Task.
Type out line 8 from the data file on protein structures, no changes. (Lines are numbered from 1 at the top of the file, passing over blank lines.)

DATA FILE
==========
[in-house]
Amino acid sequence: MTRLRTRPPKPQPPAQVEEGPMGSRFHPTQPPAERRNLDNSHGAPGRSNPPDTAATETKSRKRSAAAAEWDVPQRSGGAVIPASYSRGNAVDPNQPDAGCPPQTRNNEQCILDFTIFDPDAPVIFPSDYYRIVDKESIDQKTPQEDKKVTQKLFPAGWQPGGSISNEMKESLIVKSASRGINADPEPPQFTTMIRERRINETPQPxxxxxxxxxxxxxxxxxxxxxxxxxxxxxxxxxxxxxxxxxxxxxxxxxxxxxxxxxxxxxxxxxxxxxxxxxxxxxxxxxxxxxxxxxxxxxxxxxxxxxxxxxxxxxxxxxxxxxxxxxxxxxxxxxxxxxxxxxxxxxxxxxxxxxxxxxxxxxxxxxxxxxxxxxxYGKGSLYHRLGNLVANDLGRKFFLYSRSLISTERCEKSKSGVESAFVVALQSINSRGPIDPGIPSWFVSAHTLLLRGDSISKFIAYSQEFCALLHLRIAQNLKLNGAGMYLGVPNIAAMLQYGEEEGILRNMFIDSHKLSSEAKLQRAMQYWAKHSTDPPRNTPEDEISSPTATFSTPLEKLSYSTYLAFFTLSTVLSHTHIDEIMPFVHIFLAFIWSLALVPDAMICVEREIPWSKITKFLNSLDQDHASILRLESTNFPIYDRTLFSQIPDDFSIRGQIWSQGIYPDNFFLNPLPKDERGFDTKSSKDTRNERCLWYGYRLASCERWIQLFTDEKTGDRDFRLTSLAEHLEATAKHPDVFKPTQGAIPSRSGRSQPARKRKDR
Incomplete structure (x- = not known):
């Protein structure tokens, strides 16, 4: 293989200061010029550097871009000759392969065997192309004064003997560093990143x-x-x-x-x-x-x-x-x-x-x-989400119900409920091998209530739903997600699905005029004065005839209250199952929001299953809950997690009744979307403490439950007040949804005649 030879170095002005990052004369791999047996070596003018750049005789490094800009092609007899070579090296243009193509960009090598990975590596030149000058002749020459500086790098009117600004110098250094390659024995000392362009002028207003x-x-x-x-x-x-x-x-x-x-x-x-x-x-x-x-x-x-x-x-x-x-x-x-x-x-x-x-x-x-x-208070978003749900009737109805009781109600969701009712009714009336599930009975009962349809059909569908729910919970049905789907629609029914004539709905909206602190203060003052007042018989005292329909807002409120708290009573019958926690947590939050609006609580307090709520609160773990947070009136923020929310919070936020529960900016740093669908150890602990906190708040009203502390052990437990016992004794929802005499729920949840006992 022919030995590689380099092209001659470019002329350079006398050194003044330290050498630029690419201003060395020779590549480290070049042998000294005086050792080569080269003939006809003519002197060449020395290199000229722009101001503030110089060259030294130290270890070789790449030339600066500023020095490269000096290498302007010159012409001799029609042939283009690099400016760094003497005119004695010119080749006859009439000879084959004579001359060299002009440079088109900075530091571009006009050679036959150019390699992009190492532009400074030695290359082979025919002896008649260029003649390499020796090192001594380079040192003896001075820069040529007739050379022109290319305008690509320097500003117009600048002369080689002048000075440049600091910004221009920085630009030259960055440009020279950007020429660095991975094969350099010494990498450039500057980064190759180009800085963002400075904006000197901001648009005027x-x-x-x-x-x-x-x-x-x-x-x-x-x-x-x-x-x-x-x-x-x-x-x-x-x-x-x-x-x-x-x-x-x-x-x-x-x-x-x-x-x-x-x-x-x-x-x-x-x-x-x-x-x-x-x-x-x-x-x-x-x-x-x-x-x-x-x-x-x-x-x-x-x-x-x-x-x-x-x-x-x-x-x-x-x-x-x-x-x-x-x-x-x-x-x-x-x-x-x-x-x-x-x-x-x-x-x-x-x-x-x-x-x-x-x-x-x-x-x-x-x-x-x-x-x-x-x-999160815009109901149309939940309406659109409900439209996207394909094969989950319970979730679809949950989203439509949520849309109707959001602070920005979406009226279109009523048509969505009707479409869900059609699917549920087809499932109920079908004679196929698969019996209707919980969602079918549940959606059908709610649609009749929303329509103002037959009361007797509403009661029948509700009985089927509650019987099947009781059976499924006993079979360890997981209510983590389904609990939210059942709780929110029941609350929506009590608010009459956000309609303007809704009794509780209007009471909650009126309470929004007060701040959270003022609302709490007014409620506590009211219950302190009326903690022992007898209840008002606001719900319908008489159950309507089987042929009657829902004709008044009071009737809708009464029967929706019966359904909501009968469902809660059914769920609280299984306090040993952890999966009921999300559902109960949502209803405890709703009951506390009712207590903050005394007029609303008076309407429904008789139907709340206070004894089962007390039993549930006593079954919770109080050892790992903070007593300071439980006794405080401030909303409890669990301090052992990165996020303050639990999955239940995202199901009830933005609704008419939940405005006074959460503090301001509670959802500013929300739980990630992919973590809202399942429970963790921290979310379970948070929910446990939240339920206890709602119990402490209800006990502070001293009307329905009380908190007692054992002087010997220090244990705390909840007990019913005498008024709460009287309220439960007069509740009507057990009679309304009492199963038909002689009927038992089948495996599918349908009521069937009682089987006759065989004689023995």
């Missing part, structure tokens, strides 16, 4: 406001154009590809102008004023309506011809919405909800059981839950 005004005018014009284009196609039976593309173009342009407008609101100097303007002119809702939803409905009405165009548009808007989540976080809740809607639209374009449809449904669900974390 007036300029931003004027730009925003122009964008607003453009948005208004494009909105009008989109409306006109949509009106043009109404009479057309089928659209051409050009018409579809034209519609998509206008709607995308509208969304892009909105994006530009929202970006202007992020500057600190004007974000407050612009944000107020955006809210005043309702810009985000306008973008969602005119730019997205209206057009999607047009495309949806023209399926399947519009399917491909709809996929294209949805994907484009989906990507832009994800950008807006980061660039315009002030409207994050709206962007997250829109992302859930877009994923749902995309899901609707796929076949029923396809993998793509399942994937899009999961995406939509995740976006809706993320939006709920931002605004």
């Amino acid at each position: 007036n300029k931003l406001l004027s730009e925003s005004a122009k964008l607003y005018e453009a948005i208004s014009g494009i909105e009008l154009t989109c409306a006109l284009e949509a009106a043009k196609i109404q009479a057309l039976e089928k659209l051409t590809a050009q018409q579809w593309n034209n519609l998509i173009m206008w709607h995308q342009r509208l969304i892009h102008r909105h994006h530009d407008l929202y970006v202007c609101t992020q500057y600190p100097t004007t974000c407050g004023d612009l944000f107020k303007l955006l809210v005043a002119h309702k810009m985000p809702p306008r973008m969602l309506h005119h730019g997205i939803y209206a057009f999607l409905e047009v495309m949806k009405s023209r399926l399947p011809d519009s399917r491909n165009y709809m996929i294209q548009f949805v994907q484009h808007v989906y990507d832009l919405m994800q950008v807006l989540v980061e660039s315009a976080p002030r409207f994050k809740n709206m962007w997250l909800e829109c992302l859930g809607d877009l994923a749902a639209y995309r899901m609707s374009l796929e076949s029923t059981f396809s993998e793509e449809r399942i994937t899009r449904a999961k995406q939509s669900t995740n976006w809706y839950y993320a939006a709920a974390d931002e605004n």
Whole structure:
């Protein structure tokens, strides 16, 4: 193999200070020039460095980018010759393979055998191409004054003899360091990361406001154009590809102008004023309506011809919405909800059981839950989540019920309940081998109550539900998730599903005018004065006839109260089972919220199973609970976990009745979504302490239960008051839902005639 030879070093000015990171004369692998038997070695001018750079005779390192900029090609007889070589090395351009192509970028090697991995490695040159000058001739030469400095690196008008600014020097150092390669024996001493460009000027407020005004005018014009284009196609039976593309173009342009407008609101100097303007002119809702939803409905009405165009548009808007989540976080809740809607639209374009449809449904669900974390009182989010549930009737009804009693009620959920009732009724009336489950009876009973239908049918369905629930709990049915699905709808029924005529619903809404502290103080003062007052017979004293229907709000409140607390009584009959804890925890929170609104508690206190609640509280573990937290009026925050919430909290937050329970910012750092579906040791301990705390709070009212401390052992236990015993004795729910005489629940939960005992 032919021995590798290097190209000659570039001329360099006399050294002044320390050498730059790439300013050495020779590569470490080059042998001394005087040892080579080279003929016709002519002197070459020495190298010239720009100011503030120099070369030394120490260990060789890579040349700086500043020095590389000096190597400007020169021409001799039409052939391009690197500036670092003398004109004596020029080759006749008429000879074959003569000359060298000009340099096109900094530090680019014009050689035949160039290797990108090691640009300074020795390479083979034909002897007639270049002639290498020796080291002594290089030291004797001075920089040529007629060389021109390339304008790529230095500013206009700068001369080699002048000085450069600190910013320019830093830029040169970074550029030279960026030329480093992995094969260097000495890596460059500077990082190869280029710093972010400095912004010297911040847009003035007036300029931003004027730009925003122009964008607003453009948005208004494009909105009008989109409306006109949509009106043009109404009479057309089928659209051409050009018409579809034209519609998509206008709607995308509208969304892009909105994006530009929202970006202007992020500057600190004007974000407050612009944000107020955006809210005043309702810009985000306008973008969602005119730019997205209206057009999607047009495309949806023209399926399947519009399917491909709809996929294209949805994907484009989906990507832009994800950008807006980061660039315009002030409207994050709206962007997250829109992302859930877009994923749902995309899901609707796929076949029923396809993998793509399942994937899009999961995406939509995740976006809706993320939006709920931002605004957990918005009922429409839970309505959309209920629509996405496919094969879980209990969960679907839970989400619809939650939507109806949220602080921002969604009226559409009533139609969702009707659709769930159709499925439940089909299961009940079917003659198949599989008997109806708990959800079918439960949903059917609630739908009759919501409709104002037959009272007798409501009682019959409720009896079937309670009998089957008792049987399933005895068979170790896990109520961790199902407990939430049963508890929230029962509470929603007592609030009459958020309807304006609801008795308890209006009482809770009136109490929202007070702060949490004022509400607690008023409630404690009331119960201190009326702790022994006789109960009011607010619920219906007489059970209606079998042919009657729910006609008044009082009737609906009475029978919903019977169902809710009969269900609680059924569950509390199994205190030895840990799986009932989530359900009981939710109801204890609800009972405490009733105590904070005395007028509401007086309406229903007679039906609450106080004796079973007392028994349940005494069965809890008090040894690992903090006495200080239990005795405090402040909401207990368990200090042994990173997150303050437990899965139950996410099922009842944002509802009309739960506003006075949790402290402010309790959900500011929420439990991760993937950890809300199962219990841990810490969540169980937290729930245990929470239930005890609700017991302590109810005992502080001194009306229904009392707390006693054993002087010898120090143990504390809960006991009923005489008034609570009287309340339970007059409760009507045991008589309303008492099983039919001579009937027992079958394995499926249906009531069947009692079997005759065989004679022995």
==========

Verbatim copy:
């Protein structure tokens, strides 16, 4: 193999200070020039460095980018010759393979055998191409004054003899360091990361406001154009590809102008004023309506011809919405909800059981839950989540019920309940081998109550539900998730599903005018004065006839109260089972919220199973609970976990009745979504302490239960008051839902005639 030879070093000015990171004369692998038997070695001018750079005779390192900029090609007889070589090395351009192509970028090697991995490695040159000058001739030469400095690196008008600014020097150092390669024996001493460009000027407020005004005018014009284009196609039976593309173009342009407008609101100097303007002119809702939803409905009405165009548009808007989540976080809740809607639209374009449809449904669900974390009182989010549930009737009804009693009620959920009732009724009336489950009876009973239908049918369905629930709990049915699905709808029924005529619903809404502290103080003062007052017979004293229907709000409140607390009584009959804890925890929170609104508690206190609640509280573990937290009026925050919430909290937050329970910012750092579906040791301990705390709070009212401390052992236990015993004795729910005489629940939960005992 032919021995590798290097190209000659570039001329360099006399050294002044320390050498730059790439300013050495020779590569470490080059042998001394005087040892080579080279003929016709002519002197070459020495190298010239720009100011503030120099070369030394120490260990060789890579040349700086500043020095590389000096190597400007020169021409001799039409052939391009690197500036670092003398004109004596020029080759006749008429000879074959003569000359060298000009340099096109900094530090680019014009050689035949160039290797990108090691640009300074020795390479083979034909002897007639270049002639290498020796080291002594290089030291004797001075920089040529007629060389021109390339304008790529230095500013206009700068001369080699002048000085450069600190910013320019830093830029040169970074550029030279960026030329480093992995094969260097000495890596460059500077990082190869280029710093972010400095912004010297911040847009003035007036300029931003004027730009925003122009964008607003453009948005208004494009909105009008989109409306006109949509009106043009109404009479057309089928659209051409050009018409579809034209519609998509206008709607995308509208969304892009909105994006530009929202970006202007992020500057600190004007974000407050612009944000107020955006809210005043309702810009985000306008973008969602005119730019997205209206057009999607047009495309949806023209399926399947519009399917491909709809996929294209949805994907484009989906990507832009994800950008807006980061660039315009002030409207994050709206962007997250829109992302859930877009994923749902995309899901609707796929076949029923396809993998793509399942994937899009999961995406939509995740976006809706993320939006709920931002605004957990918005009922429409839970309505959309209920629509996405496919094969879980209990969960679907839970989400619809939650939507109806949220602080921002969604009226559409009533139609969702009707659709769930159709499925439940089909299961009940079917003659198949599989008997109806708990959800079918439960949903059917609630739908009759919501409709104002037959009272007798409501009682019959409720009896079937309670009998089957008792049987399933005895068979170790896990109520961790199902407990939430049963508890929230029962509470929603007592609030009459958020309807304006609801008795308890209006009482809770009136109490929202007070702060949490004022509400607690008023409630404690009331119960201190009326702790022994006789109960009011607010619920219906007489059970209606079998042919009657729910006609008044009082009737609906009475029978919903019977169902809710009969269900609680059924569950509390199994205190030895840990799986009932989530359900009981939710109801204890609800009972405490009733105590904070005395007028509401007086309406229903007679039906609450106080004796079973007392028994349940005494069965809890008090040894690992903090006495200080239990005795405090402040909401207990368990200090042994990173997150303050437990899965139950996410099922009842944002509802009309739960506003006075949790402290402010309790959900500011929420439990991760993937950890809300199962219990841990810490969540169980937290729930245990929470239930005890609700017991302590109810005992502080001194009306229904009392707390006693054993002087010898120090143990504390809960006991009923005489008034609570009287309340339970007059409760009507045991008589309303008492099983039919001579009937027992079958394995499926249906009531069947009692079997005759065989004679022995």